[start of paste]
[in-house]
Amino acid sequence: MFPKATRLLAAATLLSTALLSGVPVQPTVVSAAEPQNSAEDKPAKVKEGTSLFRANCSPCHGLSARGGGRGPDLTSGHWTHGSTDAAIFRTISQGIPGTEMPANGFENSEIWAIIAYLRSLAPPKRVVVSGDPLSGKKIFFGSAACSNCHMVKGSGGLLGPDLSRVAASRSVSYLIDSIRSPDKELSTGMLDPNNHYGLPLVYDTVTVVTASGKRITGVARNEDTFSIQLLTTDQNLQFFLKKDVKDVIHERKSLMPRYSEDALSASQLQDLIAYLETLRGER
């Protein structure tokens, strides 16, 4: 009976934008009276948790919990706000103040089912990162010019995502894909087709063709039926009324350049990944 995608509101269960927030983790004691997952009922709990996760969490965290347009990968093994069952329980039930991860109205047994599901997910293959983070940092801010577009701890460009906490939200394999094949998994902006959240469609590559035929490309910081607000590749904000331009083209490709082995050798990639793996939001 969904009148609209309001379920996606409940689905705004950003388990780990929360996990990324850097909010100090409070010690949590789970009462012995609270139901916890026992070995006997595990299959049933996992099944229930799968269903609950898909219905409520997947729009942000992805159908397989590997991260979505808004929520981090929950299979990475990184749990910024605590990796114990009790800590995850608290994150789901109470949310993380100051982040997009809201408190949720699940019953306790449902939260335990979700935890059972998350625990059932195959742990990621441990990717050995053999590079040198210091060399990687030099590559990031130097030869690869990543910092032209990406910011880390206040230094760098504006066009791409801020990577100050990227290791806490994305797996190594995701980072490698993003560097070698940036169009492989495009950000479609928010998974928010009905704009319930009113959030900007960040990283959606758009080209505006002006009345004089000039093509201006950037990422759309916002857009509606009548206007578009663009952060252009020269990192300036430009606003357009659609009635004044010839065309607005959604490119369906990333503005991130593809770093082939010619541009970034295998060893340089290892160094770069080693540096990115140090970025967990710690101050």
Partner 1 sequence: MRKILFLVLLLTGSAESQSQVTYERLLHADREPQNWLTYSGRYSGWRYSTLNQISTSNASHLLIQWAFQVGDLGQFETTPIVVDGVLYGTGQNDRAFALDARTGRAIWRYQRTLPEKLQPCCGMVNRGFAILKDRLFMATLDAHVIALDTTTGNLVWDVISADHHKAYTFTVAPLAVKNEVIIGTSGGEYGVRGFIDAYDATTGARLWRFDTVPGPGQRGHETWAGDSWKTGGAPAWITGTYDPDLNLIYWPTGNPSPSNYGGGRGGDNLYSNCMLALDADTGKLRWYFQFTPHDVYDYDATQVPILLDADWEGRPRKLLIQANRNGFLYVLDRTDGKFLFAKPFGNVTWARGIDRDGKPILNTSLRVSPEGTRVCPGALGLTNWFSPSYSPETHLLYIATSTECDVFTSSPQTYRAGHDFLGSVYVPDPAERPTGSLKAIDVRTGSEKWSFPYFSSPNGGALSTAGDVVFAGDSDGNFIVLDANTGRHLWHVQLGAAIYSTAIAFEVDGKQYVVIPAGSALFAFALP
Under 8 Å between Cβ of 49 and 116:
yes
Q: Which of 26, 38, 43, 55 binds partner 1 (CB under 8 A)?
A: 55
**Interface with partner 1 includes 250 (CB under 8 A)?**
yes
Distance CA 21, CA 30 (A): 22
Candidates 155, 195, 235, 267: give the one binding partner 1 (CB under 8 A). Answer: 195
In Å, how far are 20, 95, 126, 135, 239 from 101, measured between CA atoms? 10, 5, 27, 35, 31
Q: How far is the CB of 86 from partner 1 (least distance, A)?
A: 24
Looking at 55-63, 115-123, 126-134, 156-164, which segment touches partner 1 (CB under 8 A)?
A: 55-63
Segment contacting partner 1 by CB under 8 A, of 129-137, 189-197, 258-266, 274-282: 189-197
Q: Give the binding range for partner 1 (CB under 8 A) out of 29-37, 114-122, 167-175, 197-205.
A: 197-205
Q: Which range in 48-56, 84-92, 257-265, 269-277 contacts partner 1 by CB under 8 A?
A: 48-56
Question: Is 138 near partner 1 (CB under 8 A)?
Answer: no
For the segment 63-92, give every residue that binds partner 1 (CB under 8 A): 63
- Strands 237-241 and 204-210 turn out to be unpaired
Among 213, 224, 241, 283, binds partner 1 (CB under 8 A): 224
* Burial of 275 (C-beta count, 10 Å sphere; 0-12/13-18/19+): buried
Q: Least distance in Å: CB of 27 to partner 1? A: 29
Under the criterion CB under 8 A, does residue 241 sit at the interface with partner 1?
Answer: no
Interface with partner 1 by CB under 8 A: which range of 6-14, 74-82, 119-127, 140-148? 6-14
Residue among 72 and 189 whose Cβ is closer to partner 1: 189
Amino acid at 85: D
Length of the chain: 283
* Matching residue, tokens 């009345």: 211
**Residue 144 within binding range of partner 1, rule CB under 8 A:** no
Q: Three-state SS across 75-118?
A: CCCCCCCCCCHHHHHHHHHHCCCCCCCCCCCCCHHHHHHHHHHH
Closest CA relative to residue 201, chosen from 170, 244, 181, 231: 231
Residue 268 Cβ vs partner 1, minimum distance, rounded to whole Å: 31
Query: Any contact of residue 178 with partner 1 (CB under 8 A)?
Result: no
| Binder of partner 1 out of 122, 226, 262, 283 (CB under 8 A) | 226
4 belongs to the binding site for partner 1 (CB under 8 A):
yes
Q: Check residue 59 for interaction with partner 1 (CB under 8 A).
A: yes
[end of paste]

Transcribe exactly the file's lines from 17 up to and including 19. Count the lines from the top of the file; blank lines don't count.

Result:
A: 55-63
Segment contacting partner 1 by CB under 8 A, of 129-137, 189-197, 258-266, 274-282: 189-197
Q: Give the binding range for partner 1 (CB under 8 A) out of 29-37, 114-122, 167-175, 197-205.